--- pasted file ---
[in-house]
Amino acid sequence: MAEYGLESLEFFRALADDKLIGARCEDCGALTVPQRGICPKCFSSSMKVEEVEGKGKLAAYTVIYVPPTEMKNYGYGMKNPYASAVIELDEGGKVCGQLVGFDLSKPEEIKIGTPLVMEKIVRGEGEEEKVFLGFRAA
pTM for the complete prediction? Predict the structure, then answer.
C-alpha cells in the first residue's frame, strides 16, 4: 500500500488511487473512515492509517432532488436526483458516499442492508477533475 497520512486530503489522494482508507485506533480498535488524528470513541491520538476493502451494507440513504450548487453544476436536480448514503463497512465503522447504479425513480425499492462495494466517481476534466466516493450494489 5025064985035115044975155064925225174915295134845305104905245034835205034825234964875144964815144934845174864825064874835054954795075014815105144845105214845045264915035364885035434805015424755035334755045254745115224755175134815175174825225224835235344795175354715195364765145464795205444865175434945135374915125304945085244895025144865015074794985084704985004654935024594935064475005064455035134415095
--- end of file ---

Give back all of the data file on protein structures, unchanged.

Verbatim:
[in-house]
Amino acid sequence: MAEYGLESLEFFRALADDKLIGARCEDCGALTVPQRGICPKCFSSSMKVEEVEGKGKLAAYTVIYVPPTEMKNYGYGMKNPYASAVIELDEGGKVCGQLVGFDLSKPEEIKIGTPLVMEKIVRGEGEEEKVFLGFRAA
pTM for the complete prediction? Predict the structure, then answer.
C-alpha cells in the first residue's frame, strides 16, 4: 500500500488511487473512515492509517432532488436526483458516499442492508477533475 497520512486530503489522494482508507485506533480498535488524528470513541491520538476493502451494507440513504450548487453544476436536480448514503463497512465503522447504479425513480425499492462495494466517481476534466466516493450494489 5025064985035115044975155064925225174915295134845305104905245034835205034825234964875144964815144934845174864825064874835054954795075014815105144845105214845045264915035364885035434805015424755035334755045254745115224755175134815175174825225224835235344795175354715195364765145464795205444865175434945135374915125304945085244895025144865015074794985084704985004654935024594935064475005064455035134415095